. Scientific Frontline: The evolution of honey bee brains

Monday, May 8, 2023

The evolution of honey bee brains

European honey bee worker. The researchers studied honey bees exhibiting different behaviors: foragers, nurse bees, and queens. Honey bees in general have been a key insect model for better understanding learning and memory for more than 100 years.
Photo Credit: ©2023 Hiroki Kohno

Researchers have proposed a new model for the evolution of higher brain functions and behaviors in the Hymenoptera order of insects. The team compared the Kenyon cells, a type of neuronal cell, in the mushroom bodies (a part of the insect brain involved in learning, memory and sensory integration) of “primitive” sawflies and sophisticated honey bees. They found that three diverse, specialized Kenyon cell subtypes in honey bee brains appear to have evolved from a single, multifunctional Kenyon cell-subtype ancestor. In the future, this research could help us better understand the evolution of some of our own higher brain functions and behaviors.

Are you “busy as a bee,” a “social butterfly” or a “fly on the wall”? There are many ways we compare our behavior to that of insects, and as it turns out there may be more to it than just fun idioms. Studying insects could help us understand not only how their behavior has evolved, but also the behavior of highly evolved animals, including ourselves. Mammalian brains are big and complex, so it is difficult to identify which behaviors and neural and genetic changes have co-developed over time. By comparison, insect brains are much smaller and simpler, making them useful models for study.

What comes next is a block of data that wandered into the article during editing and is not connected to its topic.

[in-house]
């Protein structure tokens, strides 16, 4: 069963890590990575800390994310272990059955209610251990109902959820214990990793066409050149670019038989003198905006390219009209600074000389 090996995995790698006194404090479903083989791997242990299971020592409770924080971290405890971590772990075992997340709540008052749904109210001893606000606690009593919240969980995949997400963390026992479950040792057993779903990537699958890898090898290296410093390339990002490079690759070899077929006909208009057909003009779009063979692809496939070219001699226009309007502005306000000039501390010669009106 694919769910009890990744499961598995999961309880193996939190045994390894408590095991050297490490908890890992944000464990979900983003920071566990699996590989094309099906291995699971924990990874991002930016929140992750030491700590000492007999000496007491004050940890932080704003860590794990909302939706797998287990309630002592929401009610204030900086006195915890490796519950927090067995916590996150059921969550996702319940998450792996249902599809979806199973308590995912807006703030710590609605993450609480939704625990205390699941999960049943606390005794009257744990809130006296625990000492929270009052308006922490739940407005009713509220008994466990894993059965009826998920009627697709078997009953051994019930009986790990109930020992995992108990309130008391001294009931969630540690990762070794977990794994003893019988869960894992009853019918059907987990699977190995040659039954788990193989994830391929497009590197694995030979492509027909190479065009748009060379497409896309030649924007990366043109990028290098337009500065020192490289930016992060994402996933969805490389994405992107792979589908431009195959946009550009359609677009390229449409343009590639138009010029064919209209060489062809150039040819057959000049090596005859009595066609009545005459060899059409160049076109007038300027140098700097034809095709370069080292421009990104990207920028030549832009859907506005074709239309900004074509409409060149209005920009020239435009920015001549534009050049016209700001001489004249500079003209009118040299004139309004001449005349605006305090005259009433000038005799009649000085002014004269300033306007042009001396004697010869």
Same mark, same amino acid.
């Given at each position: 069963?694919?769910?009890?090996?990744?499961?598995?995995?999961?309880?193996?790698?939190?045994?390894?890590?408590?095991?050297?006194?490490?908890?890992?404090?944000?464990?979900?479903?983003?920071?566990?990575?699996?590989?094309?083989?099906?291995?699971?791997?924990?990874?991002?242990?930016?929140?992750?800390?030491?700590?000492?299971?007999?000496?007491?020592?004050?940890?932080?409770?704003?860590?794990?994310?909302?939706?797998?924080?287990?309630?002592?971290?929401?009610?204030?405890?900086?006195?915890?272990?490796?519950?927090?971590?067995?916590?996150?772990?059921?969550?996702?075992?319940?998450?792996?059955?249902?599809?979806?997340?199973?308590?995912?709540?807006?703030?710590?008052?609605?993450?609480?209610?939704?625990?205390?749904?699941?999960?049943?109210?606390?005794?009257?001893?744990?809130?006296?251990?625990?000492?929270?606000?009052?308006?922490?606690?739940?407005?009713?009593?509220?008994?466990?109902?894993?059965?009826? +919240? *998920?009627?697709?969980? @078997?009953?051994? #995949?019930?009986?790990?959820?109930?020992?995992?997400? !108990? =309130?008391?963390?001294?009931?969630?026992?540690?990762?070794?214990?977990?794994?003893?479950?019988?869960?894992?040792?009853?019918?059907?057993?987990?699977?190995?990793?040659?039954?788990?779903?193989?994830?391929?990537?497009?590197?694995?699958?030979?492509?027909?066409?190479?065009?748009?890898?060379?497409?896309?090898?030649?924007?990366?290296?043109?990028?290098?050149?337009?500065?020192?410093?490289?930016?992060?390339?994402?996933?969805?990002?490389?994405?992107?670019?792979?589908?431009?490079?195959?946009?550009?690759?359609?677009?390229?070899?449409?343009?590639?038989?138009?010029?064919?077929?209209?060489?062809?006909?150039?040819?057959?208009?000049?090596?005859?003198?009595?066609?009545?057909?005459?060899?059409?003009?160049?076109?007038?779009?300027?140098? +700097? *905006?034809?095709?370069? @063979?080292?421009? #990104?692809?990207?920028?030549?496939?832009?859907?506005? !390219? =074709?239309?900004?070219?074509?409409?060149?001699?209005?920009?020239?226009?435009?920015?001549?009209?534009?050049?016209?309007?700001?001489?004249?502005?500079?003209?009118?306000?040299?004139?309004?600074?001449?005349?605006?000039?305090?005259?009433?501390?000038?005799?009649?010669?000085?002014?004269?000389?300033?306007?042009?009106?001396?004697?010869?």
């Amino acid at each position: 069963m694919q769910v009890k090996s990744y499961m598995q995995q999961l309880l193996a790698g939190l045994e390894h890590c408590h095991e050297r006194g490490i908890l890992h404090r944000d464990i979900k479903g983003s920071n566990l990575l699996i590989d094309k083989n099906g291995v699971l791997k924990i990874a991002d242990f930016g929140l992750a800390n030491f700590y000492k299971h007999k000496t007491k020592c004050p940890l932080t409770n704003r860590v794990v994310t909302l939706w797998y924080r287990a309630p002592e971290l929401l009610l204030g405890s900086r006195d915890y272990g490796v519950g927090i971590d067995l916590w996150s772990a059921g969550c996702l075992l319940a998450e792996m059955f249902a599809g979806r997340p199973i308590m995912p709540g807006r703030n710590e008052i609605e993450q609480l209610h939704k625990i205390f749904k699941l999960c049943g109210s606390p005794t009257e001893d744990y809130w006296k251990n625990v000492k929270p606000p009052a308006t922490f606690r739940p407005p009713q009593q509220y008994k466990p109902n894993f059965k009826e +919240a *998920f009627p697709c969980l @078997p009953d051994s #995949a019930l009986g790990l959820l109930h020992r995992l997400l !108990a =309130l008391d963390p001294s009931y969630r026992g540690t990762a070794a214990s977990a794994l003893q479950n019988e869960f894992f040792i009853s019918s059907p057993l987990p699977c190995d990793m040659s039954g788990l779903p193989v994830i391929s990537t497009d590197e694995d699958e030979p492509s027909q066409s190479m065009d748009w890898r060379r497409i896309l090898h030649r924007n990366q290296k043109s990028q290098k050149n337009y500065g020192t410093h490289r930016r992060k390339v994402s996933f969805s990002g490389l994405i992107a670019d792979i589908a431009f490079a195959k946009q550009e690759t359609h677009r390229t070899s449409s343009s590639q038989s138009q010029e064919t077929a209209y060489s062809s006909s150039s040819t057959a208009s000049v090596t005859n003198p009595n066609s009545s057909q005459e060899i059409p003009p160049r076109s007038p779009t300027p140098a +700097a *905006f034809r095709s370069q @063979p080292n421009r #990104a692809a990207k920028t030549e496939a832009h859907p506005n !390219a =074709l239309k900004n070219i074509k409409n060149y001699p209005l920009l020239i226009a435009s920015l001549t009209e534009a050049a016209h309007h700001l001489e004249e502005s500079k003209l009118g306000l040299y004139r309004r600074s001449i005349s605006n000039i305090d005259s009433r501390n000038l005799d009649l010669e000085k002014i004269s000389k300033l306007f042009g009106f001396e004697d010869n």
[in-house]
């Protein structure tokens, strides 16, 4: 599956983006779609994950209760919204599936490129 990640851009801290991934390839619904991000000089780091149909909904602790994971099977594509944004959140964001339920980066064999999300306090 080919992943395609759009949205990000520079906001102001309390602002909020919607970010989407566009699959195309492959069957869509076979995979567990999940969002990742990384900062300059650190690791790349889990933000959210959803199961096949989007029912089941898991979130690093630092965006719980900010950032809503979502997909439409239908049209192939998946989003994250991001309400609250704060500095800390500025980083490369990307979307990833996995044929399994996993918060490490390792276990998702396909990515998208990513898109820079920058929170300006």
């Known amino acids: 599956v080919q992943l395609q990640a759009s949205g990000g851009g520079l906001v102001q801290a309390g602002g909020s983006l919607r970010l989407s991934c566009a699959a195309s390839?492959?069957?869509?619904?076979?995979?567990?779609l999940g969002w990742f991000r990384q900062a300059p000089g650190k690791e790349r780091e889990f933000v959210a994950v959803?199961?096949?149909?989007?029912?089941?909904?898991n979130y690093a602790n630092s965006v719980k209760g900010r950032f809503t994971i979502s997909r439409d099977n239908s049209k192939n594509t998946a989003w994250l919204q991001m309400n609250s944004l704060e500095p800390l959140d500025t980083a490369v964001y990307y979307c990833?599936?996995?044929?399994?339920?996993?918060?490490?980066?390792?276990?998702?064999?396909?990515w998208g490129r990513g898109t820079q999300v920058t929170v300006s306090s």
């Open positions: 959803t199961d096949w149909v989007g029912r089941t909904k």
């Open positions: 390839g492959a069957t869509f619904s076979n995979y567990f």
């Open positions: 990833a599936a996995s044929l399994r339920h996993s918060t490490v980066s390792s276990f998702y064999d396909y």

Behavior test with turnip sawflies. The sawflies were difficult to train as they didn’t respond to a typical sweet sugar solution and may feign death when touched. The researchers were able to persuade them to participate in the test by feeding extracts from their favorite plant, the harlequin glory-bower, direct to their sensory mouth parts (palps) as a reward. In this clip the sawfly's proboscis extension reflex ("PER"), is the trained response to a conditioned stimulus ("CS"), a unique odor which it learned to associate with getting the reward.
Video Credit: ©2023 Takayoshi Kuwabara

“In 2017, we reported that the complexity of Kenyon cell (KC) subtypes in mushroom bodies in insect brains increases with the behavioral diversification in Hymenoptera (a large and varied order of insects)” explained Professor Takeo Kubo from the Graduate School of Science at the University of Tokyo and co-author of the current study. “In other words, the more KC subtypes an insect has, the more complex its brain and the behaviors it may exhibit. But we didn’t know how these different subtypes evolved. That was the stimulus for this new study.”

The team from the University of Tokyo and Japan’s National Agriculture and Food Research Organization (NARO) chose two Hymenoptera species as representatives for different behaviors: the solitary turnip sawfly (which has a single KC subtype) and the sophisticated, social honey bee (which has three KC subtypes). As the sawfly has a more “primitive” brain, it is thought to contain some ancestral properties of the honey bee brain. To uncover the potential evolutionary pathways between them, the researchers used transcriptome analysis to identify the gene expression profiles (the genetic activity) of the various KC subtypes and speculate their functions.